4 – You’re Probably More Biased Than You Realise

As humans, we’re really good at finding meaning where there is none. We see familiar faces or objects in the clouds and we hear voices in random noises. We’re good at linking events and presuming that one caused the other. As a ghost researcher, the one thing that you must learn about are the different types of cognitive biases that people are susceptible to. From confirmation bias, expectation bias, illusory correlation, pareidolia, subjective validation, false memory, suggestibility and many more…

These biases will affect you as a researcher, but will also have likely affected the eye-witnesses you work with. You should first and foremost take them into consideration before planning how to approach the case you are investigating. This will help you work out what hypotheses are most reasonable to pursue.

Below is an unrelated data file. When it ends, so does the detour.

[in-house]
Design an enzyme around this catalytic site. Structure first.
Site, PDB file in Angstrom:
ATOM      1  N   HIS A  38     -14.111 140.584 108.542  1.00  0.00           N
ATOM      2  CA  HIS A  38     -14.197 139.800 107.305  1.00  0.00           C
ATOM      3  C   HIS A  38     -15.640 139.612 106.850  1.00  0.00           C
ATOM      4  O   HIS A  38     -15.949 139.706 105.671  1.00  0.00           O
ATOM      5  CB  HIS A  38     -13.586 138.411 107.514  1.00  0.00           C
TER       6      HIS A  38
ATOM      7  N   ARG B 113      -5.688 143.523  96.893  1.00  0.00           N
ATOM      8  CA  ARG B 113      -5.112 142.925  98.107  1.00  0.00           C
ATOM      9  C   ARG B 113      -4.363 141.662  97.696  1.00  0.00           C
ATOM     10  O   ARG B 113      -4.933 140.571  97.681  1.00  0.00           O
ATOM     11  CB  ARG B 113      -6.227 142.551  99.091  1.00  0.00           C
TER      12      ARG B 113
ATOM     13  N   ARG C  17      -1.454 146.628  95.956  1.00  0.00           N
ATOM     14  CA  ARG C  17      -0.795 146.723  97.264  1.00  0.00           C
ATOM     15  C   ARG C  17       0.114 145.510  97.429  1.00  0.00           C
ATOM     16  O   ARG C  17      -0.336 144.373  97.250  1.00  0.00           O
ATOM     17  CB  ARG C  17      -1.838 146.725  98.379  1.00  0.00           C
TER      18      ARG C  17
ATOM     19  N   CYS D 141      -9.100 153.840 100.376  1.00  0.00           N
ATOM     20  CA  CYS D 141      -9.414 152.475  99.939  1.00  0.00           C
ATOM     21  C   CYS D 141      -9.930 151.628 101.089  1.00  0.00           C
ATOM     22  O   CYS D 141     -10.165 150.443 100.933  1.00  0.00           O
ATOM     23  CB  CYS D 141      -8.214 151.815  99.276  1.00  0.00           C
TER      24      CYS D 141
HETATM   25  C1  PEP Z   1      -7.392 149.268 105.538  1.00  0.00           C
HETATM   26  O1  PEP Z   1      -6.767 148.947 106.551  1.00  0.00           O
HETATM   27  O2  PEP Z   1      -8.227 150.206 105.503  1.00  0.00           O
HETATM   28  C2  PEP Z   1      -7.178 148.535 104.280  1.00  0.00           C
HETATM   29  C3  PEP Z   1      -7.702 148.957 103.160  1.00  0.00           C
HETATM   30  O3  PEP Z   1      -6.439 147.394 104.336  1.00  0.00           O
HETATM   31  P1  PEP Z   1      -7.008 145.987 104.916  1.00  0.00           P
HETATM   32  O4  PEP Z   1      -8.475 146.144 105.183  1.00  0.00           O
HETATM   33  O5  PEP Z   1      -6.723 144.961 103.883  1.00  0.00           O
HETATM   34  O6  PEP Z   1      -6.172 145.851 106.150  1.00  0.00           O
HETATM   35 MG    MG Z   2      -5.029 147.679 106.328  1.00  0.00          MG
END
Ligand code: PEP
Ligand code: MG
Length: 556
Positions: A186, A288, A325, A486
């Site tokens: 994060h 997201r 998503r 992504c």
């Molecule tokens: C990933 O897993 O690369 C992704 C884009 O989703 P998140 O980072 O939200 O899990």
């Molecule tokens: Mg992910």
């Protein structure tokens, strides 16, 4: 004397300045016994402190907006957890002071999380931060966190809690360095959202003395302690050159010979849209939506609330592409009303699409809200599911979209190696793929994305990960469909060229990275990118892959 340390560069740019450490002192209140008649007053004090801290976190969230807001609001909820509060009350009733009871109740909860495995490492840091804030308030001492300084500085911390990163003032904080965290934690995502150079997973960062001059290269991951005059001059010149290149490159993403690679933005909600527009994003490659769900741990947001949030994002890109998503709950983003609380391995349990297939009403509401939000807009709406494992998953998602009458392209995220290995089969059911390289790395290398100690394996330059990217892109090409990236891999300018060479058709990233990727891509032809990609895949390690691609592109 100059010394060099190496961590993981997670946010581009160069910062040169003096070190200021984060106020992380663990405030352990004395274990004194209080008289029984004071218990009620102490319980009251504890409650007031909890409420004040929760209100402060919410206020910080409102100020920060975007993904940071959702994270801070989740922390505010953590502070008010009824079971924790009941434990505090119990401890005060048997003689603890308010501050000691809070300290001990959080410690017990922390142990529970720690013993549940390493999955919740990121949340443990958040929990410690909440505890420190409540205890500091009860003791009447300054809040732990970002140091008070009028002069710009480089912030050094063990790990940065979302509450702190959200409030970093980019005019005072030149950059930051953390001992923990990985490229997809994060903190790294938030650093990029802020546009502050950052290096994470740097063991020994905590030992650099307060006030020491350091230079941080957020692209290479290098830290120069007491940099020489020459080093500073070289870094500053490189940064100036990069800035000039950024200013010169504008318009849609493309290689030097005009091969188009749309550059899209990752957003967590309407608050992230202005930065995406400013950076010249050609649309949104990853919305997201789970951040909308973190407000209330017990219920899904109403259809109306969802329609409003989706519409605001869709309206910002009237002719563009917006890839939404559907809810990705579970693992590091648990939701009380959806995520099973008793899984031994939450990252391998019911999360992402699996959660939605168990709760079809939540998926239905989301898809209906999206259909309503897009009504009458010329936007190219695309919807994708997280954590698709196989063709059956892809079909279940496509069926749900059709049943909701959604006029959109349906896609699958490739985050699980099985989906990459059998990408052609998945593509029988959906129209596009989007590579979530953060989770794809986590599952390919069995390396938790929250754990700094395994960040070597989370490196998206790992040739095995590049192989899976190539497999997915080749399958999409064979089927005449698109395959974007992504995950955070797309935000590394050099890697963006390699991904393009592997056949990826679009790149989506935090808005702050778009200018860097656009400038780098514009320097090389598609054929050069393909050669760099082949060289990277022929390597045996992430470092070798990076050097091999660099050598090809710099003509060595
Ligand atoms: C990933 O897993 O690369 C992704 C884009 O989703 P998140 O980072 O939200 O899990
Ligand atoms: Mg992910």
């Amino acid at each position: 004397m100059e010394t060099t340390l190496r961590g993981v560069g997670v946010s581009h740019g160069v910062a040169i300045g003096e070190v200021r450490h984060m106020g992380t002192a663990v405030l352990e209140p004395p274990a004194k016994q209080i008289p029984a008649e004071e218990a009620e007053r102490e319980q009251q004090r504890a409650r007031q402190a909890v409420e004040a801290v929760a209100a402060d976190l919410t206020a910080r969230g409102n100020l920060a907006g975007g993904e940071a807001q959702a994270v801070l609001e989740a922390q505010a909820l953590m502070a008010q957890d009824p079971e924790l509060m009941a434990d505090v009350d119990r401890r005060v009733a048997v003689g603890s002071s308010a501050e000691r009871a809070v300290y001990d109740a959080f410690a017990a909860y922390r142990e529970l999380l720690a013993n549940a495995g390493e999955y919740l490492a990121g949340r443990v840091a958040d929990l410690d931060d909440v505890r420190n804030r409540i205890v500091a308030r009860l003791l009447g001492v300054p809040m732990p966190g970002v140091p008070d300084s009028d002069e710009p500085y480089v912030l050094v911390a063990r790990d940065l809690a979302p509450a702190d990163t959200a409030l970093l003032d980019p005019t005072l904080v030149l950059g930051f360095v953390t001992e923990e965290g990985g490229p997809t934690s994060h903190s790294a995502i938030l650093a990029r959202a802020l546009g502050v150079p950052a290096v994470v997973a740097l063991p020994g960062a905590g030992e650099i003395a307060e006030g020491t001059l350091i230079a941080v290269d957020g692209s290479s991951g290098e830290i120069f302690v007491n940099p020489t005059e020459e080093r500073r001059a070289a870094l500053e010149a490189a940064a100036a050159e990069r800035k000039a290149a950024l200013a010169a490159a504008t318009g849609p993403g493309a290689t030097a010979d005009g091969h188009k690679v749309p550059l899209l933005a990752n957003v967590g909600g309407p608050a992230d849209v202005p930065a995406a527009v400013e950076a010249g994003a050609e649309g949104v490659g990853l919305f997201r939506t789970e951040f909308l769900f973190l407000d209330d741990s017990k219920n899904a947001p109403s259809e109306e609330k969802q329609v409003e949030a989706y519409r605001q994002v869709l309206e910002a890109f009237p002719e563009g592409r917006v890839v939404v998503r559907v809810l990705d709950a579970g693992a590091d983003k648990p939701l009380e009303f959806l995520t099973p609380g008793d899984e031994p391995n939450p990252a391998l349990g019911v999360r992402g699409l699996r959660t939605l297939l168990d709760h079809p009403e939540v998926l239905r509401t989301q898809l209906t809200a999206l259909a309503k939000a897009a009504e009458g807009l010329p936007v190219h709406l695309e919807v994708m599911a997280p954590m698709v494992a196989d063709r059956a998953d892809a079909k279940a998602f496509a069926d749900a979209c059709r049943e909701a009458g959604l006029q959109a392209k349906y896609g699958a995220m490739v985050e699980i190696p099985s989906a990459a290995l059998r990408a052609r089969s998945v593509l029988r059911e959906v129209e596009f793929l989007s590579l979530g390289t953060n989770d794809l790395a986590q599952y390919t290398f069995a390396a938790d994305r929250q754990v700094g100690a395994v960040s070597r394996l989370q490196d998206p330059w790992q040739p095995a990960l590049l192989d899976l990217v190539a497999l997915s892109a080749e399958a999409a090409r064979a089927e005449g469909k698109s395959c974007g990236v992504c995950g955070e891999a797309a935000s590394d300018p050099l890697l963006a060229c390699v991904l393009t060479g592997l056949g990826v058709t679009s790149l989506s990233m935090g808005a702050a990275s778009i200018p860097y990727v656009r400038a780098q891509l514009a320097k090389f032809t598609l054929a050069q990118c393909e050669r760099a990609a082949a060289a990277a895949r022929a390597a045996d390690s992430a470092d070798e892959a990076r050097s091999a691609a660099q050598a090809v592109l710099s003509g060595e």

5 – Be ethical

One thing many ghost researchers don’t take into consideration is how their behaviour impacts those they come into contact with. This can include children, the recently bereaved, and vulnerable adults. Before you even embark on your research, it’s advisable to write out a code of ethics. This is presented to people who ask you to investigate their experience or haunting. You need to ensure they’re informed about what it is you’re going to be doing, how they can stop the research at any time, and what the outcome is likely to be. You can see my ethical code here (please don’t just copy it), and my detailed thoughts about ethics here.

All in all, becoming a ghost researcher relies on the three c’s: common sense, caution, and curiosity. A good dose of health skepticism doesn’t go amiss either.

About Hayley Stevens 448 Articles
Hayley is a ghost geek and started to blog in 2007. She uses scientific scepticism to investigate weird stuff and writes about it here while also speaking publicly about how to hunt ghosts as a skeptic.